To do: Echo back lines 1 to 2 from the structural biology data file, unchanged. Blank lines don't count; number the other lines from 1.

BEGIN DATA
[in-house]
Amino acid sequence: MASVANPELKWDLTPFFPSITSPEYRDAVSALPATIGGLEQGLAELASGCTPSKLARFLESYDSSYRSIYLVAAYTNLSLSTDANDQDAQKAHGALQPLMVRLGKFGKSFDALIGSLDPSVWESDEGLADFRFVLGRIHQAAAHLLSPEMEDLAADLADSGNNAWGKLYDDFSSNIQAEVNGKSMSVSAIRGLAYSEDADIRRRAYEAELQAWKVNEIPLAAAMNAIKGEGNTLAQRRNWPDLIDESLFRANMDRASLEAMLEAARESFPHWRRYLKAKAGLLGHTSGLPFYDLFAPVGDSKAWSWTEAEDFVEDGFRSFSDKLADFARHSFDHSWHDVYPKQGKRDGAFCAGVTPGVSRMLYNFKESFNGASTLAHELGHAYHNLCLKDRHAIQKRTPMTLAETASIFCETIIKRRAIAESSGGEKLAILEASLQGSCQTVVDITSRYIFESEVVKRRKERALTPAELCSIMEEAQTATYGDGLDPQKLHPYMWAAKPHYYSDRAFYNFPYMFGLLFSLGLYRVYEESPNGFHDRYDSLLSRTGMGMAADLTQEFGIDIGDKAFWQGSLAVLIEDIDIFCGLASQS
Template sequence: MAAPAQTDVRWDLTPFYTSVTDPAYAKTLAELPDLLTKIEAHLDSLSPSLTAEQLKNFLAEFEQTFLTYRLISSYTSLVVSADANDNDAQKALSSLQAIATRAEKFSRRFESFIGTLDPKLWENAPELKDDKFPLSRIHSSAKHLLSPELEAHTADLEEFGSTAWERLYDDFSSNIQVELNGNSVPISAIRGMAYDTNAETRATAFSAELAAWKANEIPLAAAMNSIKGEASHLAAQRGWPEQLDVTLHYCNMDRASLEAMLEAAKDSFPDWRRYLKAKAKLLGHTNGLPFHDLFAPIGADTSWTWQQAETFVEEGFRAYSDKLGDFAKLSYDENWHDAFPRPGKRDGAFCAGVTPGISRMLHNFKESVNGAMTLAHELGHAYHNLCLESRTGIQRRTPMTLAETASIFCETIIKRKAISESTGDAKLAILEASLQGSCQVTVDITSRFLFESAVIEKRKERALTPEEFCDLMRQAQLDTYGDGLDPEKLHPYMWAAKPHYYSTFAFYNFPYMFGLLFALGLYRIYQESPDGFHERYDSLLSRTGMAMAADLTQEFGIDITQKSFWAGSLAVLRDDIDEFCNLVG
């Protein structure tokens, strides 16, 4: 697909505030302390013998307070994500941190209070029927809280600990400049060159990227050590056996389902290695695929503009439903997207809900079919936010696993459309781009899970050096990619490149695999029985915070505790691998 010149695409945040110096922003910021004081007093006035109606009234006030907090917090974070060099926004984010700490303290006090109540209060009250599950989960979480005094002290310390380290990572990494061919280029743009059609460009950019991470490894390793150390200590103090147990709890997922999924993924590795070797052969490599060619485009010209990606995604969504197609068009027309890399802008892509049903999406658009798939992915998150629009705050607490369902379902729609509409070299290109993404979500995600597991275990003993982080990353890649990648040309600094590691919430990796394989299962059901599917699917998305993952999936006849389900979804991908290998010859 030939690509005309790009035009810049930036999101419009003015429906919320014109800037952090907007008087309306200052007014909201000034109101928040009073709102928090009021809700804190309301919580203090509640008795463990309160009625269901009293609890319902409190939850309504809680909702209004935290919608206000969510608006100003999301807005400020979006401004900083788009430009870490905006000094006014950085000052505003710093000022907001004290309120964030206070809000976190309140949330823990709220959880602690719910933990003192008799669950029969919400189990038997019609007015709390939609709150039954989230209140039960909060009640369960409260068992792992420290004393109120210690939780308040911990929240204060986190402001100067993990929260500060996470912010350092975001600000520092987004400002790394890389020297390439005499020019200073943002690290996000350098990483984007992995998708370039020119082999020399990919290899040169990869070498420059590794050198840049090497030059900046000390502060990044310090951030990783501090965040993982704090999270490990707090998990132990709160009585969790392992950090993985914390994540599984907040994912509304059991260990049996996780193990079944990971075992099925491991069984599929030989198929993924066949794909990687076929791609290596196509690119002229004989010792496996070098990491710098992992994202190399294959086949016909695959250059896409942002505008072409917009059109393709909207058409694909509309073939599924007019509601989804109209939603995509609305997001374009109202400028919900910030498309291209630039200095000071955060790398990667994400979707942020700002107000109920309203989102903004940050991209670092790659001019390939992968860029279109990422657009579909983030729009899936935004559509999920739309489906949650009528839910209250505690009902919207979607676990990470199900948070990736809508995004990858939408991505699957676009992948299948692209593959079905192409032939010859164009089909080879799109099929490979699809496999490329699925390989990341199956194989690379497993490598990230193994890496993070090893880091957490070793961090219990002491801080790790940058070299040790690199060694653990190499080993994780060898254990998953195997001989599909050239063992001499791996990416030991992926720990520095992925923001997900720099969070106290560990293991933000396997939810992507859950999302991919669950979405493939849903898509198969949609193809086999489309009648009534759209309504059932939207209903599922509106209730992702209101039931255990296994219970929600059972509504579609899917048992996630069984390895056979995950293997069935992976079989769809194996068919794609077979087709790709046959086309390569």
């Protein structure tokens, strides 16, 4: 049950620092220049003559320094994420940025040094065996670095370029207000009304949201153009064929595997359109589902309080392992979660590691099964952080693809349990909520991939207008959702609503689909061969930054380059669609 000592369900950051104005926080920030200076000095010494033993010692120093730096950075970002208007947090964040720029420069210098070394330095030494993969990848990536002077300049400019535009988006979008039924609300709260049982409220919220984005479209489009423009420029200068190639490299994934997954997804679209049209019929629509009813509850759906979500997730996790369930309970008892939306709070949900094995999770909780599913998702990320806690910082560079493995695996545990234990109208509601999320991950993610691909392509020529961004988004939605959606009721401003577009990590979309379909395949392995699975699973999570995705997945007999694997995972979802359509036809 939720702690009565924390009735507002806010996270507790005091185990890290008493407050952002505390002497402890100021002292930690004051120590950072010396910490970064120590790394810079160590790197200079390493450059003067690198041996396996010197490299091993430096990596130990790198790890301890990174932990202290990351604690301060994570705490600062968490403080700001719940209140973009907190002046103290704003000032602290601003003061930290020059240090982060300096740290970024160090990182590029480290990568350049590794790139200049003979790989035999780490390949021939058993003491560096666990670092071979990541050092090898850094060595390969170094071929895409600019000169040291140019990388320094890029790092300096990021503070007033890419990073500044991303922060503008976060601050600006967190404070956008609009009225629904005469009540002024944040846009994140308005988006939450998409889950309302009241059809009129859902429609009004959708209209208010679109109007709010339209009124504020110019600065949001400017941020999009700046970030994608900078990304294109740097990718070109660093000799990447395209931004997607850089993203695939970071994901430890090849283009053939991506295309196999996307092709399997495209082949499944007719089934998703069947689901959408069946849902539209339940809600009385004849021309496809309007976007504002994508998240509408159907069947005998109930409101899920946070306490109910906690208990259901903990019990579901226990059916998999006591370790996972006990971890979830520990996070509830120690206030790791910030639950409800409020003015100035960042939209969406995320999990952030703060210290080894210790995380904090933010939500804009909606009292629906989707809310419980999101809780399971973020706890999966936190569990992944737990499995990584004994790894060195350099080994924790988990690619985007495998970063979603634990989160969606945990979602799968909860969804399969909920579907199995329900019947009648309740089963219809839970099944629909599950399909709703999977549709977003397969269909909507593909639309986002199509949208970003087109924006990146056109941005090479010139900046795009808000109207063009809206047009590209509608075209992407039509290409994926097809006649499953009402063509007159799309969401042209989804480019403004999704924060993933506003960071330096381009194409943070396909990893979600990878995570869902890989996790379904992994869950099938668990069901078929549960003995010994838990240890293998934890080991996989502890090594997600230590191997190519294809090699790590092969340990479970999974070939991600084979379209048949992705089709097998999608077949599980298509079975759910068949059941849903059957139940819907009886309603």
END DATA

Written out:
[in-house]
Amino acid sequence: MASVANPELKWDLTPFFPSITSPEYRDAVSALPATIGGLEQGLAELASGCTPSKLARFLESYDSSYRSIYLVAAYTNLSLSTDANDQDAQKAHGALQPLMVRLGKFGKSFDALIGSLDPSVWESDEGLADFRFVLGRIHQAAAHLLSPEMEDLAADLADSGNNAWGKLYDDFSSNIQAEVNGKSMSVSAIRGLAYSEDADIRRRAYEAELQAWKVNEIPLAAAMNAIKGEGNTLAQRRNWPDLIDESLFRANMDRASLEAMLEAARESFPHWRRYLKAKAGLLGHTSGLPFYDLFAPVGDSKAWSWTEAEDFVEDGFRSFSDKLADFARHSFDHSWHDVYPKQGKRDGAFCAGVTPGVSRMLYNFKESFNGASTLAHELGHAYHNLCLKDRHAIQKRTPMTLAETASIFCETIIKRRAIAESSGGEKLAILEASLQGSCQTVVDITSRYIFESEVVKRRKERALTPAELCSIMEEAQTATYGDGLDPQKLHPYMWAAKPHYYSDRAFYNFPYMFGLLFSLGLYRVYEESPNGFHDRYDSLLSRTGMGMAADLTQEFGIDIGDKAFWQGSLAVLIEDIDIFCGLASQS